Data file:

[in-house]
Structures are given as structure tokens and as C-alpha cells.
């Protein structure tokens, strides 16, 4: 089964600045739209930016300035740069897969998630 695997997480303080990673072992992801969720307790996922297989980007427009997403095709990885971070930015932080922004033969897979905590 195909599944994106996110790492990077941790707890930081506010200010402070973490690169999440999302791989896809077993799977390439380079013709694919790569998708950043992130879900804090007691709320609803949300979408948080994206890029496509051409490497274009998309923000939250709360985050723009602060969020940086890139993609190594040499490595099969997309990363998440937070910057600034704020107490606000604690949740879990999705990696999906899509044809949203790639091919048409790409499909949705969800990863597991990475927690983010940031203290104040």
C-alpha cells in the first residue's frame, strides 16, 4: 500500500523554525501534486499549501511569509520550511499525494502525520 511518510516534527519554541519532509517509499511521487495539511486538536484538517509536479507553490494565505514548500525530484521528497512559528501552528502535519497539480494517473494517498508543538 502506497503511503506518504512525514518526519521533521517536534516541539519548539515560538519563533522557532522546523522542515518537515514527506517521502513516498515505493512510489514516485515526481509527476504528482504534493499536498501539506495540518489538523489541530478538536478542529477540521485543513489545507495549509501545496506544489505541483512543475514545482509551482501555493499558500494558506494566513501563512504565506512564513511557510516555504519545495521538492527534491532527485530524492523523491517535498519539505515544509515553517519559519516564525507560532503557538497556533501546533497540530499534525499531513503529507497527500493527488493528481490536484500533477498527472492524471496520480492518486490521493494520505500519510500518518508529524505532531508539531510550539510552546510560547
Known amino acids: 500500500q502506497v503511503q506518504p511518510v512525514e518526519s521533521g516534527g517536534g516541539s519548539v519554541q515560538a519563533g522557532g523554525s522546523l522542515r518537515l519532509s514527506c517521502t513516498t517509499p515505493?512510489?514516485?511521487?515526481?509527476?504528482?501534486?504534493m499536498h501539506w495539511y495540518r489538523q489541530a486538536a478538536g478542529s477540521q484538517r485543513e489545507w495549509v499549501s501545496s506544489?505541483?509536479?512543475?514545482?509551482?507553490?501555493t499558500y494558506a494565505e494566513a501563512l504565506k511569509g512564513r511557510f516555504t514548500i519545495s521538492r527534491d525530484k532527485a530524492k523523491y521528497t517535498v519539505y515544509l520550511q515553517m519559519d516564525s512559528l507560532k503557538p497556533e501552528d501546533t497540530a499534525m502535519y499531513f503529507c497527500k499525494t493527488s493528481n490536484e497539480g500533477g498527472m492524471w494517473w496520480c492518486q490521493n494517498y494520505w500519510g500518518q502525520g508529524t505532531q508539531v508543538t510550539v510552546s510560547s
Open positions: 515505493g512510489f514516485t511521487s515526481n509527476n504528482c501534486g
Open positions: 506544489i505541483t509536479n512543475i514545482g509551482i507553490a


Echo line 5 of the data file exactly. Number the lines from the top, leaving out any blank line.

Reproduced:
Known amino acids: 500500500q502506497v503511503q506518504p511518510v512525514e518526519s521533521g516534527g517536534g516541539s519548539v519554541q515560538a519563533g522557532g523554525s522546523l522542515r518537515l519532509s514527506c517521502t513516498t517509499p515505493?512510489?514516485?511521487?515526481?509527476?504528482?501534486?504534493m499536498h501539506w495539511y495540518r489538523q489541530a486538536a478538536g478542529s477540521q484538517r485543513e489545507w495549509v499549501s501545496s506544489?505541483?509536479?512543475?514545482?509551482?507553490?501555493t499558500y494558506a494565505e494566513a501563512l504565506k511569509g512564513r511557510f516555504t514548500i519545495s521538492r527534491d525530484k532527485a530524492k523523491y521528497t517535498v519539505y515544509l520550511q515553517m519559519d516564525s512559528l507560532k503557538p497556533e501552528d501546533t497540530a499534525m502535519y499531513f503529507c497527500k499525494t493527488s493528481n490536484e497539480g500533477g498527472m492524471w494517473w496520480c492518486q490521493n494517498y494520505w500519510g500518518q502525520g508529524t505532531q508539531v508543538t510550539v510552546s510560547s